UK private schools warm to Tory ‘open access’ scheme

In an article in the Financial Times, 01/07/13, Helen Warrell updates on a proposal under which the government would divert the average £6,000 spent on a pupil in the state system to a child from a lower income family entering an independent school. 

A proposal that would see the taxpayer fund more than 40,000 poor children to attend private schools is gaining ground, as 90 independent schools say they would sign up if the scheme becomes policy after the next election.

St Paul’s – a £19,000 a-year boys school that counts chancellor George Osborne among its former pupils – is the highest-profile school so far to join the list of “open access” institutions. Championed by social mobility charity the Sutton Trust, the plan has won growing support from the Conservative backbenches and campaigners are hopeful it could make its way into the party’s 2015 manifesto.

Under the programme, the government would divert the average £6,000 spent on a pupil in the state system to a child from a lower income family entering an independent school. Since the estimated £180m a year public grant would not cover the full cost of the private school places, richer parents paying fees would provide cross-subsidy.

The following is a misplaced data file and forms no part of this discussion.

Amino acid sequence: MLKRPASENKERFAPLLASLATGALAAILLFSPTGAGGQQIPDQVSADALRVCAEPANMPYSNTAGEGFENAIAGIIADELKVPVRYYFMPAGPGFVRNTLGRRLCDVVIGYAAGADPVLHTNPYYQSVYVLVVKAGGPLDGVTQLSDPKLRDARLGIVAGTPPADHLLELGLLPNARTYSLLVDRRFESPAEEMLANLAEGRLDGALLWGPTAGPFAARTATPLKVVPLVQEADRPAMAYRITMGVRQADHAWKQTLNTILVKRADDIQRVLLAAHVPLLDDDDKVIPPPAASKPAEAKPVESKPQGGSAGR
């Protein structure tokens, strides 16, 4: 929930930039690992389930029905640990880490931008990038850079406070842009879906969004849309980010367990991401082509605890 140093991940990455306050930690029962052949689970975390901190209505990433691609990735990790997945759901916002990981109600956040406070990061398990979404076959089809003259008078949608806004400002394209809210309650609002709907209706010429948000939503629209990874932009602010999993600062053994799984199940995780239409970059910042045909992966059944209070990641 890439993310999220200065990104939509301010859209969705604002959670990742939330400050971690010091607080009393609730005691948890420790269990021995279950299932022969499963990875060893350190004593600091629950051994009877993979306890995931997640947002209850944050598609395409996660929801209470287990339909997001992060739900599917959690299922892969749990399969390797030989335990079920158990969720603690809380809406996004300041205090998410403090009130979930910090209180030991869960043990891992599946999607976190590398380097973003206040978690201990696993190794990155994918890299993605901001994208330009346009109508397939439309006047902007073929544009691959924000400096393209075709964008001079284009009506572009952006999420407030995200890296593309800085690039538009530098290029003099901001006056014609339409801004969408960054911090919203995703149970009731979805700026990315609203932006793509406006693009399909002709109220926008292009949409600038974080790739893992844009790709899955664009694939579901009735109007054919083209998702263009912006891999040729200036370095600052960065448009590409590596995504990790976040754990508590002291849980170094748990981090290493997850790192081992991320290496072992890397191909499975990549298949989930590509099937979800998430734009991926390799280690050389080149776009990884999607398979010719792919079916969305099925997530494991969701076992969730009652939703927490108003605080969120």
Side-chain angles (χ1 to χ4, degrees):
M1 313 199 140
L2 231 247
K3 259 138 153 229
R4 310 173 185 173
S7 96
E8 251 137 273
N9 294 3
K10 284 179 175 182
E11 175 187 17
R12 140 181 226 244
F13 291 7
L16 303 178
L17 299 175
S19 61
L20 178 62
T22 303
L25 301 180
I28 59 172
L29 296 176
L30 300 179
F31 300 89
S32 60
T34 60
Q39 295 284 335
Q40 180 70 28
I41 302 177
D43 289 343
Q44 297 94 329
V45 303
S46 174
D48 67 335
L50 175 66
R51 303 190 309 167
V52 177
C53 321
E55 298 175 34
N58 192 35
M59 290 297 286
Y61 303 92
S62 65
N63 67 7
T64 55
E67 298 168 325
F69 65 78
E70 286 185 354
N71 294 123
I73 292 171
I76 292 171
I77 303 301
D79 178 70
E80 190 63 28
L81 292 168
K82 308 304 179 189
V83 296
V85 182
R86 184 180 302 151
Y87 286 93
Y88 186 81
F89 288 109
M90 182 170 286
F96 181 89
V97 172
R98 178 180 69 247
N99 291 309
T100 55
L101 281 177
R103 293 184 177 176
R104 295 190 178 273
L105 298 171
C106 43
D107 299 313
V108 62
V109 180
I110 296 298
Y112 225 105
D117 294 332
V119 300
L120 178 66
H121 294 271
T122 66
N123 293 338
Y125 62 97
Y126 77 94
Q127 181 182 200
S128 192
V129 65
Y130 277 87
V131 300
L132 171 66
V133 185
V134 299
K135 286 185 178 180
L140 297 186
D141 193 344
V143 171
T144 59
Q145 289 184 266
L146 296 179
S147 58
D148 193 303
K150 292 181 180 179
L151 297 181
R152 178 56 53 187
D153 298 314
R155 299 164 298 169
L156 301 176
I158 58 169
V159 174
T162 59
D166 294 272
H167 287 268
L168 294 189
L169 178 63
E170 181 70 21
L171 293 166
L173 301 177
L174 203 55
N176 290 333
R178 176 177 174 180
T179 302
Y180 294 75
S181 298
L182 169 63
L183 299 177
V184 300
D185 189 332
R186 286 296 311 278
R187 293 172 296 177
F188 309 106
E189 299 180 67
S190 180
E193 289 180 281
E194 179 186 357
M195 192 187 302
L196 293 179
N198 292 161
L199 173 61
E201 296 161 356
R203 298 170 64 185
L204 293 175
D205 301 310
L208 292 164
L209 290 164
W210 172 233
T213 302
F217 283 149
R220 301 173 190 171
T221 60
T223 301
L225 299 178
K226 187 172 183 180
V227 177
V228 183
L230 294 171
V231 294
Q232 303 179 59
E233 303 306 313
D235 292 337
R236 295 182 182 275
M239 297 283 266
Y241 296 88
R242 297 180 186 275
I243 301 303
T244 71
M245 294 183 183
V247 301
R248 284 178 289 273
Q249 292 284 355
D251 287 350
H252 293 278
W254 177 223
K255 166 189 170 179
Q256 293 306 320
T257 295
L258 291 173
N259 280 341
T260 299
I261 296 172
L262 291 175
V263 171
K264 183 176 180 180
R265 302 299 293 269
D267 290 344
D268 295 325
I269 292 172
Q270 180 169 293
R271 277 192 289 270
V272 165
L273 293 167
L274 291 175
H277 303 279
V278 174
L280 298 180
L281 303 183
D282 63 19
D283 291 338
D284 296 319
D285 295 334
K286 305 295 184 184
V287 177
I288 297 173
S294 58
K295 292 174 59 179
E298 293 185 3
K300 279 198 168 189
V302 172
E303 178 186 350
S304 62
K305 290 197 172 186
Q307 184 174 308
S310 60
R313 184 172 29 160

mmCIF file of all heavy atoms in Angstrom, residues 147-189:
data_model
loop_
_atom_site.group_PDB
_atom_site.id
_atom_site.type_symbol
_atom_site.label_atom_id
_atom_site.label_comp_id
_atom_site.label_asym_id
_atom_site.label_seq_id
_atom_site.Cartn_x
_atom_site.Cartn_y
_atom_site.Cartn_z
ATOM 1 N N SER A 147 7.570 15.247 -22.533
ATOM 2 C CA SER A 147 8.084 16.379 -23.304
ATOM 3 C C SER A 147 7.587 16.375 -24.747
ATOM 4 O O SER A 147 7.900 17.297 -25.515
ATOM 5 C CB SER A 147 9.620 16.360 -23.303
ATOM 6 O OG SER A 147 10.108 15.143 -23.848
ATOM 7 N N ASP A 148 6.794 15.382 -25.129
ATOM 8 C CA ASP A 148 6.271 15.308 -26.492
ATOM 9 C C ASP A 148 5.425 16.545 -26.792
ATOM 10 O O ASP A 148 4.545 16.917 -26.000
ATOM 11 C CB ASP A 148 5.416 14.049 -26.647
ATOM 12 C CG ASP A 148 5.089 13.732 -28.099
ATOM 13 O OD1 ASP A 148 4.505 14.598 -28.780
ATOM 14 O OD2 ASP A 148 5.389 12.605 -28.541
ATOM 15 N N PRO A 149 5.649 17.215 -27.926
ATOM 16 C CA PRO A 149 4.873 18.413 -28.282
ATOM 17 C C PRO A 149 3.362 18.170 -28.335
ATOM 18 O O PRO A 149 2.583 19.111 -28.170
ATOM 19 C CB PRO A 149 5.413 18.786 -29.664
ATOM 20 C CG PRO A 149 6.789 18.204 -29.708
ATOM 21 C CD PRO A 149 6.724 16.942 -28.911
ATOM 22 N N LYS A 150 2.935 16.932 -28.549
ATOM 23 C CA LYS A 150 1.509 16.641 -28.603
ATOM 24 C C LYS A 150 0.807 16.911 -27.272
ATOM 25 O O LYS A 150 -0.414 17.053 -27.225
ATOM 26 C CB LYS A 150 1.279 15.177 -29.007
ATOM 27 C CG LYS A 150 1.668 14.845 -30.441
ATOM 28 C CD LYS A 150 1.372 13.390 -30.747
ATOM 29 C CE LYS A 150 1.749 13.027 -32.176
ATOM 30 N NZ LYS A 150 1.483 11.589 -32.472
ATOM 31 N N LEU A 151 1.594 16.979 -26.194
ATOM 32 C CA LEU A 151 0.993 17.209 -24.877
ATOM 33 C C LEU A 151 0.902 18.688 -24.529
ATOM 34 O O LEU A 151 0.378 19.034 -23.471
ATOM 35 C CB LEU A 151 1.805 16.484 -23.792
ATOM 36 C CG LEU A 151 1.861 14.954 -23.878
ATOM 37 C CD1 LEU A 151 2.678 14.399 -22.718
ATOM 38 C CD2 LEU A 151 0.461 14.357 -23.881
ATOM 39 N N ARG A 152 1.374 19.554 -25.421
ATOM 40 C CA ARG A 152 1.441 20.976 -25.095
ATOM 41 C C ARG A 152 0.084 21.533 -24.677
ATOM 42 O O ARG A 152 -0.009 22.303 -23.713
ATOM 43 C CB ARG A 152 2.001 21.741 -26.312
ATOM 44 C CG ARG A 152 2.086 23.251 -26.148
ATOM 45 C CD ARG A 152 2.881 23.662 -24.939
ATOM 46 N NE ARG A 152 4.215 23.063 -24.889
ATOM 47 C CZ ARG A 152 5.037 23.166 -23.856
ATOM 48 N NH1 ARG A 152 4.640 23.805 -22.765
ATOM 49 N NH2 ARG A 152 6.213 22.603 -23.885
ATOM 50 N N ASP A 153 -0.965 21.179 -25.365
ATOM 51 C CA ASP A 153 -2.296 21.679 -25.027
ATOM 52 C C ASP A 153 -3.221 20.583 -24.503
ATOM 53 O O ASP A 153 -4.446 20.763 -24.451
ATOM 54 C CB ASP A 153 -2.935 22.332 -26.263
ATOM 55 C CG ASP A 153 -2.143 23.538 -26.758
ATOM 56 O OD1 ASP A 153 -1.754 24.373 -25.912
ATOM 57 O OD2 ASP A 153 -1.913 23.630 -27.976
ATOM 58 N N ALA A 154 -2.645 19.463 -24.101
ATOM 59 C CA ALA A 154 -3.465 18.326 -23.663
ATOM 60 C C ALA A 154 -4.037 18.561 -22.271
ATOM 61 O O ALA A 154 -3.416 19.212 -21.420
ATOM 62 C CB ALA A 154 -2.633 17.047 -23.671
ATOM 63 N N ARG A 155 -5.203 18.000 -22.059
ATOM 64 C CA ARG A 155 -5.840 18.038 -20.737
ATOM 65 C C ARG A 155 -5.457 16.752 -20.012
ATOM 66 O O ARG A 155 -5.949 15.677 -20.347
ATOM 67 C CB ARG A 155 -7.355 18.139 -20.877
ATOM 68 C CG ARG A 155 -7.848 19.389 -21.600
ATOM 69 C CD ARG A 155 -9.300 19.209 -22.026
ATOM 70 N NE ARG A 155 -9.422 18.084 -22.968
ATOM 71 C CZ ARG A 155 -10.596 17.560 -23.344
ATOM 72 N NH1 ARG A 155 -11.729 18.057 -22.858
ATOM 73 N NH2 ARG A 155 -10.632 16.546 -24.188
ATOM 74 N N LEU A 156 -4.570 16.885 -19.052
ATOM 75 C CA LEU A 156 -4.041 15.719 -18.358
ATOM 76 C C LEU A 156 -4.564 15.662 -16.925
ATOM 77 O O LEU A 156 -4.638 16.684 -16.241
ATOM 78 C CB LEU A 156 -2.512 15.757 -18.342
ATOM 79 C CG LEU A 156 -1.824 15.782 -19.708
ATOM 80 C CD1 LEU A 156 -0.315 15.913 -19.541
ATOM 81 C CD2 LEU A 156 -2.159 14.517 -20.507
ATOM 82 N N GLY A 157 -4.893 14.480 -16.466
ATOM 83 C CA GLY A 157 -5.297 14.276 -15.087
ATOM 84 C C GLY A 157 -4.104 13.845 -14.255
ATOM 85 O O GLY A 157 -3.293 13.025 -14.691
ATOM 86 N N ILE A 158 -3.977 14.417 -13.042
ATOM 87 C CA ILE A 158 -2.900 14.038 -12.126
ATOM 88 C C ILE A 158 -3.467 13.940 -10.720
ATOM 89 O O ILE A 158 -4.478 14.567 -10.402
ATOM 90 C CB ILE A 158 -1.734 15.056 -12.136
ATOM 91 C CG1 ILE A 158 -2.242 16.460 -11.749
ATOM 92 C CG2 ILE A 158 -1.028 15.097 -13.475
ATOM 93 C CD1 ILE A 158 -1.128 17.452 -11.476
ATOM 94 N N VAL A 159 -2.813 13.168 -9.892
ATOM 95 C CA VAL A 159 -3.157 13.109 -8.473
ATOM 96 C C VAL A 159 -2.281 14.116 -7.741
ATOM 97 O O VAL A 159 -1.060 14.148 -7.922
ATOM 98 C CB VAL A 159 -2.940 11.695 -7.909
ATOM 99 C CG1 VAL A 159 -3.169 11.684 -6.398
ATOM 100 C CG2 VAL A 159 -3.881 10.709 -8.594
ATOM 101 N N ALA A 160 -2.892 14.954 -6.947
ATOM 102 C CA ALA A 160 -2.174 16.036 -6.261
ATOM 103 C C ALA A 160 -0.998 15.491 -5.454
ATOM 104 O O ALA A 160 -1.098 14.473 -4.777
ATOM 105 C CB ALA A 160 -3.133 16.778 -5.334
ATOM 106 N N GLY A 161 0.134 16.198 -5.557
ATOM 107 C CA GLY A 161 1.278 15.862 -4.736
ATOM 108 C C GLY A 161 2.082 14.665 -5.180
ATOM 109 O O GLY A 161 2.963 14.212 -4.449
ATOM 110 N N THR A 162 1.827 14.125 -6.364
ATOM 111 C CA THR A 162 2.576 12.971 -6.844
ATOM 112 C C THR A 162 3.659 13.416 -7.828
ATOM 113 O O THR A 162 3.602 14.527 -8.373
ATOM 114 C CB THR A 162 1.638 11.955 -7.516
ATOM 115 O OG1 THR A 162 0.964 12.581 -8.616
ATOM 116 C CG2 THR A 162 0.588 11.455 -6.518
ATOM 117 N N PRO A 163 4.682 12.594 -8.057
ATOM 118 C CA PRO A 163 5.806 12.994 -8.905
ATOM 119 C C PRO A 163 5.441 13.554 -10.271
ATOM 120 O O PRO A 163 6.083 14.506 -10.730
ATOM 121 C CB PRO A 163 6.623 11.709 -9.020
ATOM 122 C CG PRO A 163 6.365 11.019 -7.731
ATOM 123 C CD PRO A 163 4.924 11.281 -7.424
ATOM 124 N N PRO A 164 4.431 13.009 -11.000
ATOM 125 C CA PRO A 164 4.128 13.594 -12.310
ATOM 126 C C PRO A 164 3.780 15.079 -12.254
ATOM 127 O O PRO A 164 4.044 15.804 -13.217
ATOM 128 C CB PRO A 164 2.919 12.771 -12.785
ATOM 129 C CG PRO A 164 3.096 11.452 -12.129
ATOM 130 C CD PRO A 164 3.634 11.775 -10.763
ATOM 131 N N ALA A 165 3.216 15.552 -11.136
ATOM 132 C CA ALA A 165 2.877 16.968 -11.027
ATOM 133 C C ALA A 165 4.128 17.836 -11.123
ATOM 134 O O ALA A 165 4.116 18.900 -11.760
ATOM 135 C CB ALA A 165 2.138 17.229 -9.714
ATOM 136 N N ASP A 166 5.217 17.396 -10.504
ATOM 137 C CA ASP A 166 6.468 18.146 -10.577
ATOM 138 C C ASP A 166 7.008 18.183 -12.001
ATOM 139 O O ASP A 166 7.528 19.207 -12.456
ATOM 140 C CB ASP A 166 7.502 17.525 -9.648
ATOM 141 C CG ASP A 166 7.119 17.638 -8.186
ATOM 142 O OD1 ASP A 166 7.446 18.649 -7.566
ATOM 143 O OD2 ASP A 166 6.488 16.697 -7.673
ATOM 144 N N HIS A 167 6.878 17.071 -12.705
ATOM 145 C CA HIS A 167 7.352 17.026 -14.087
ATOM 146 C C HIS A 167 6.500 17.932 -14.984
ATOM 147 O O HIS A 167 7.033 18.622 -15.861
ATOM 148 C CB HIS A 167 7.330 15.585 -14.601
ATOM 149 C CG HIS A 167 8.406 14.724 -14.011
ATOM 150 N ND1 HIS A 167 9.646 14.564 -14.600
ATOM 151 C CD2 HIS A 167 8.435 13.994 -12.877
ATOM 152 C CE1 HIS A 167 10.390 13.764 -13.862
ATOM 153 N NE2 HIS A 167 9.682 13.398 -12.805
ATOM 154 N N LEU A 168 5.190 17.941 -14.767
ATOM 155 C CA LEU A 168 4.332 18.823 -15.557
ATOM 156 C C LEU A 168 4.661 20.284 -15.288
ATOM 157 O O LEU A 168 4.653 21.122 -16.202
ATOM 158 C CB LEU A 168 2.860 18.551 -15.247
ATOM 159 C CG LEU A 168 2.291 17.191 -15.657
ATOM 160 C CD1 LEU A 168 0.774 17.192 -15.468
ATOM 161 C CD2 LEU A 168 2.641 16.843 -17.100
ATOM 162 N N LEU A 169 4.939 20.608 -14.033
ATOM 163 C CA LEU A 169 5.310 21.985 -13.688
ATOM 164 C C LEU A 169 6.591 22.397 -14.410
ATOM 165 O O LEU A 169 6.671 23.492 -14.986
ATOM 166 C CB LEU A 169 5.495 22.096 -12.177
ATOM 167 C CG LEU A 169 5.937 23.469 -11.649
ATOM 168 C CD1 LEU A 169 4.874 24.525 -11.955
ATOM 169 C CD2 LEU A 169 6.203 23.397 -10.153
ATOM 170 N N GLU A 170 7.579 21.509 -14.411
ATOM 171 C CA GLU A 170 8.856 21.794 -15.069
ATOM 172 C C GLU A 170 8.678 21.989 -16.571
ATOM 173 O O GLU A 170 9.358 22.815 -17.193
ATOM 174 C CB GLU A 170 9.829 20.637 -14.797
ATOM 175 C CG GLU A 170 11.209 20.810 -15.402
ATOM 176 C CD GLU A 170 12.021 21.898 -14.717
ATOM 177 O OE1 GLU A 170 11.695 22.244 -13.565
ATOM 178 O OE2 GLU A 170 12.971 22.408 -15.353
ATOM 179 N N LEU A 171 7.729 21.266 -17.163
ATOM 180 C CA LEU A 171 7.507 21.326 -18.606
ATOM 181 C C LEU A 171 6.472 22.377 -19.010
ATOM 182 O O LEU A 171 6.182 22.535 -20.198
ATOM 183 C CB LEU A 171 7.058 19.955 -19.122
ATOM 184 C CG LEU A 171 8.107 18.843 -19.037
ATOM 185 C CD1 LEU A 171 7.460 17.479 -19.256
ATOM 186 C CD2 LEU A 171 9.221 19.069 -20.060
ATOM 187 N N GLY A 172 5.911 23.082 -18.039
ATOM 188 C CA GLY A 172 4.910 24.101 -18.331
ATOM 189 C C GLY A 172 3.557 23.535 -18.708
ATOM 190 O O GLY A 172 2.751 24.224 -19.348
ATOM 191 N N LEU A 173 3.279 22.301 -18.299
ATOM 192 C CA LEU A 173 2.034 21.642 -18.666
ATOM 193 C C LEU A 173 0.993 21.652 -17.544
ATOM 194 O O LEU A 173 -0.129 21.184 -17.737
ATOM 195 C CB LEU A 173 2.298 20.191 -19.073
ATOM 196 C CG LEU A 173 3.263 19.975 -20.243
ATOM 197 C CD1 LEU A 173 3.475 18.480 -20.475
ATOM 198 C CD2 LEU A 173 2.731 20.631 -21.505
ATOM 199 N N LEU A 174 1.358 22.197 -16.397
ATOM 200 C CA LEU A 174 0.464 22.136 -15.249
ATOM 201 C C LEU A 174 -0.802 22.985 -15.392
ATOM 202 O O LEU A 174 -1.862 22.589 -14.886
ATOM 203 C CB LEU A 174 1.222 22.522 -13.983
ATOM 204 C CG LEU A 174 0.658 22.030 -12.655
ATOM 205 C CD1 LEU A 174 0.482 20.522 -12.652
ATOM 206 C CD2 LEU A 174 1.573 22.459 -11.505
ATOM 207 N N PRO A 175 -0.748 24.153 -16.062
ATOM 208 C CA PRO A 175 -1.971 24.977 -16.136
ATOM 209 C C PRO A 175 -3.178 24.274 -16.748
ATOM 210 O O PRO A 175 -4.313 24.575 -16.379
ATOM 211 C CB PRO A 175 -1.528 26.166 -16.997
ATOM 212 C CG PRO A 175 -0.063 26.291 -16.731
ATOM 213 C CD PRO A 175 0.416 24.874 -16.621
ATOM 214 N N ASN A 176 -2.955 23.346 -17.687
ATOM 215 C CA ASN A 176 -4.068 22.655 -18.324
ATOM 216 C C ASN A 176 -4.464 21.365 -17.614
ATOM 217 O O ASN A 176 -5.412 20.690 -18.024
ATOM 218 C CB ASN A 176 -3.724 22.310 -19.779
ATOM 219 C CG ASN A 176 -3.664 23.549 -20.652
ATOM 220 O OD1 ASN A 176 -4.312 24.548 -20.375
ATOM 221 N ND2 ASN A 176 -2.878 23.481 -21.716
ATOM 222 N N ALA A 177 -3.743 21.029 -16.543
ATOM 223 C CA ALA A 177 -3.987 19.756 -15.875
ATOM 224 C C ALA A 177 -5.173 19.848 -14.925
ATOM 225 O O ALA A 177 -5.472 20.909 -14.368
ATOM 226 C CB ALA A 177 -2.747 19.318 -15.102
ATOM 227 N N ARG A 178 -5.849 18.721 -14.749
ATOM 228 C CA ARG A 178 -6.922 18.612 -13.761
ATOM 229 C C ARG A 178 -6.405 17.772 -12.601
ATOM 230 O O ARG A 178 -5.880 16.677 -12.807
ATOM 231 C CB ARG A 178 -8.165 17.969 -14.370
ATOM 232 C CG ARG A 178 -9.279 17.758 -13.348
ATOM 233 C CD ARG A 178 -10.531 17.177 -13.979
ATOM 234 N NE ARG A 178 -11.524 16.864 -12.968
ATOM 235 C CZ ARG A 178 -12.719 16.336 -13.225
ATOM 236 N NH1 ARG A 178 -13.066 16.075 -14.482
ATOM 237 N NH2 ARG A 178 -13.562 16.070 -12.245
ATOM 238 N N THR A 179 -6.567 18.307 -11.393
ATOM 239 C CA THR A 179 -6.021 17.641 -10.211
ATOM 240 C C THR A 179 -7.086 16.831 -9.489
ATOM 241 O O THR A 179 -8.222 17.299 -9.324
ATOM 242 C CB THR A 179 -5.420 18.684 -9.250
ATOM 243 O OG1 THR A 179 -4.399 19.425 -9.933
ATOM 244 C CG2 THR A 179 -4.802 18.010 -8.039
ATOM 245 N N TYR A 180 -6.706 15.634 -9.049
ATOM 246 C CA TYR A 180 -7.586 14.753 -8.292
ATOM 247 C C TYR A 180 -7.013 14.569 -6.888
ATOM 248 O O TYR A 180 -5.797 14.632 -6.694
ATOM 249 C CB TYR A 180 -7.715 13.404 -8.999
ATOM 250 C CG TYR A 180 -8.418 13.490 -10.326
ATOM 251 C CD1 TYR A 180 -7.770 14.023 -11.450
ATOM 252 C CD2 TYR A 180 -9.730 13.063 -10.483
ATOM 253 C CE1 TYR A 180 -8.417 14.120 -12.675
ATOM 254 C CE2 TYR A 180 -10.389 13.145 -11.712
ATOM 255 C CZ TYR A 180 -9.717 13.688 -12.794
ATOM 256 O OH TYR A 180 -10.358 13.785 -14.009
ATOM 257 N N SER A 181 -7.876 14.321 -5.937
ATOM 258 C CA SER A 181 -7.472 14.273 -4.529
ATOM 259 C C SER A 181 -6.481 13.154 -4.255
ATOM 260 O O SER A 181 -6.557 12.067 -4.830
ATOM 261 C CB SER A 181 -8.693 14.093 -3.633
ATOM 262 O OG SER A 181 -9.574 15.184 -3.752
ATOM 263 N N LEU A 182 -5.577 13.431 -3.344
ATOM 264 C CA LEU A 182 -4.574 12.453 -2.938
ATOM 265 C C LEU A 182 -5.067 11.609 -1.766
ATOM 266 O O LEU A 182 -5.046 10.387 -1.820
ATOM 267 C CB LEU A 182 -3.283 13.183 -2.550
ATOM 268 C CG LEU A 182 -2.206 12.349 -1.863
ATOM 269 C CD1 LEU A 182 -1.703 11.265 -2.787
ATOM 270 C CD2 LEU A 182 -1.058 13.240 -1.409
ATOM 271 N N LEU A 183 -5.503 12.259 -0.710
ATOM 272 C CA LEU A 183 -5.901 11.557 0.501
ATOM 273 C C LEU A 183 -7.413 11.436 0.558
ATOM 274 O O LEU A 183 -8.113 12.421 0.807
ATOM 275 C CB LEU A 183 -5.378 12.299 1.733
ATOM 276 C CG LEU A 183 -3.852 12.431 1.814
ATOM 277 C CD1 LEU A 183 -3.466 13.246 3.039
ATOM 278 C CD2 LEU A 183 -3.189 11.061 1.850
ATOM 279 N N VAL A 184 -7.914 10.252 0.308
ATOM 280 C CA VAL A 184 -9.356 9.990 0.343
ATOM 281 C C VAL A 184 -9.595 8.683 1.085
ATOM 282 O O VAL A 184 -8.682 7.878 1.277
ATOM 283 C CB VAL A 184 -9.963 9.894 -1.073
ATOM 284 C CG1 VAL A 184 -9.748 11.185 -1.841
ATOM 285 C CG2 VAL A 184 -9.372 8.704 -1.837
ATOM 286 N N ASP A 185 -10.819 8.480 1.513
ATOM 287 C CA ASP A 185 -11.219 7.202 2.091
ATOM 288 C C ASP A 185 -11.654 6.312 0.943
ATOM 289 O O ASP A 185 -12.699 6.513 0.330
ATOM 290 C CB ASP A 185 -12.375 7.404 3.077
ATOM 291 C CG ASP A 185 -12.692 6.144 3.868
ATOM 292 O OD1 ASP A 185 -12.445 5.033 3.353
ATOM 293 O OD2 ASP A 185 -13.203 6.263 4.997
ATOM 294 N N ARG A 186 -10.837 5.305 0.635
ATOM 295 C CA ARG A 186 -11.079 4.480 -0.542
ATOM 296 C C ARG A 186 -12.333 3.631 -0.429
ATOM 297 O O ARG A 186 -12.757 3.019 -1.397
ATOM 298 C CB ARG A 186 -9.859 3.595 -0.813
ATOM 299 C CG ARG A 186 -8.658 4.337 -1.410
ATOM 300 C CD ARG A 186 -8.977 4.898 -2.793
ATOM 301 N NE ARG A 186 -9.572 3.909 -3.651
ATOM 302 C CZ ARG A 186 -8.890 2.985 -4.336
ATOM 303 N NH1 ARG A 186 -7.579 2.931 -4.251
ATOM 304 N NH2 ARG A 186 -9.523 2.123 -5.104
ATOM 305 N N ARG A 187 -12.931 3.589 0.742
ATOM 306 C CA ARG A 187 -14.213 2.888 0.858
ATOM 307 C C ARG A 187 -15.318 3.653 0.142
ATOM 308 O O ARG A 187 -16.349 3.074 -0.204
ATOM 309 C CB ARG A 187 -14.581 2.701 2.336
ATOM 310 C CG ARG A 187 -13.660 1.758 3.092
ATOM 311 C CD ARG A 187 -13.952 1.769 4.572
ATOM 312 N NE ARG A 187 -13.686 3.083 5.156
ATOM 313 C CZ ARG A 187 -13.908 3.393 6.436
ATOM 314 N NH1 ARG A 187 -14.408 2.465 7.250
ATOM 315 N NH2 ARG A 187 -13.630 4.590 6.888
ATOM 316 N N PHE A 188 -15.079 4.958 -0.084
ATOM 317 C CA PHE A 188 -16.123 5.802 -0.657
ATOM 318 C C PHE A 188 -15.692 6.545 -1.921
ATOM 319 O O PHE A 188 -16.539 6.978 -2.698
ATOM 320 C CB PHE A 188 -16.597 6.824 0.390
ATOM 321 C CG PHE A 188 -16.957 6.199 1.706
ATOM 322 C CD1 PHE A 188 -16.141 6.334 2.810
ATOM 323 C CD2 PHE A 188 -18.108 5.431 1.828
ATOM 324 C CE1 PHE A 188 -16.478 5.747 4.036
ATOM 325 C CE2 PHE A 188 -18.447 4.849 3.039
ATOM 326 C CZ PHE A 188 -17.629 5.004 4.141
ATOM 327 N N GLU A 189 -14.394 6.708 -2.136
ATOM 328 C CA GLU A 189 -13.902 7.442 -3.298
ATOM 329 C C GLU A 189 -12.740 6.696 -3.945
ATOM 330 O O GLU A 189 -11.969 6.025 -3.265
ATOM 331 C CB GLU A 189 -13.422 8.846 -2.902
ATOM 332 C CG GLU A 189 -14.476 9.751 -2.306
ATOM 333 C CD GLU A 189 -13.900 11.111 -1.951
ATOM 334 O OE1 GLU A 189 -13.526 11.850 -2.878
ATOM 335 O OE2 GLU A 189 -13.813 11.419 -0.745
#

“I think it’s an excellent idea; it is the most significant idea I have heard to enable independent schools to become more democratic,” Mark Bailey, high master at St Paul’s, told the Financial Times. Describing the southwest London school as an “über-grammar, rather than a grand British public school”, Prof Bailey also believes a “needs-blind” admissions system would bring St Paul’s closer to the tenets of its 16th century founder, theologian John Colet.

“His founding vision was to create a school for children of all nations and backgrounds indifferently, in his phrase, and therefore it is at the core of the school’s [purpose],” Prof Bailey said. Far from angering those who pay full fees, the high master says that some parents, particularly those from the US, regularly donate bursary funds and are engaged in attempting to diversify the school’s intake.

A similar assisted places scheme, brought in under Tory prime minister Margaret Thatcher, ran for almost two decades before it was abolished by Tony Blair. While the Sutton Trust plan has been given short shrift by Labour politicians, who are opposed to academic selection in schools, it has the backing of Tories such as Graham Brady, the MP who chairs the party’s 1922 backbench committee.

“Open access is a very good proposal. It would open places in some of the best schools in the country to children from all backgrounds and increase opportunities for many people whose families are not in a position to pay for education,” Mr Brady said.

He added that the places could help bridge the gap for parents who find their finances squeezed by austerity. “With many families feeling the pressure in difficult economic times, if the quality of local state schools isn’t good enough, it simply isn’t an option to go private,” he said.

Click here to read the article © Financial Times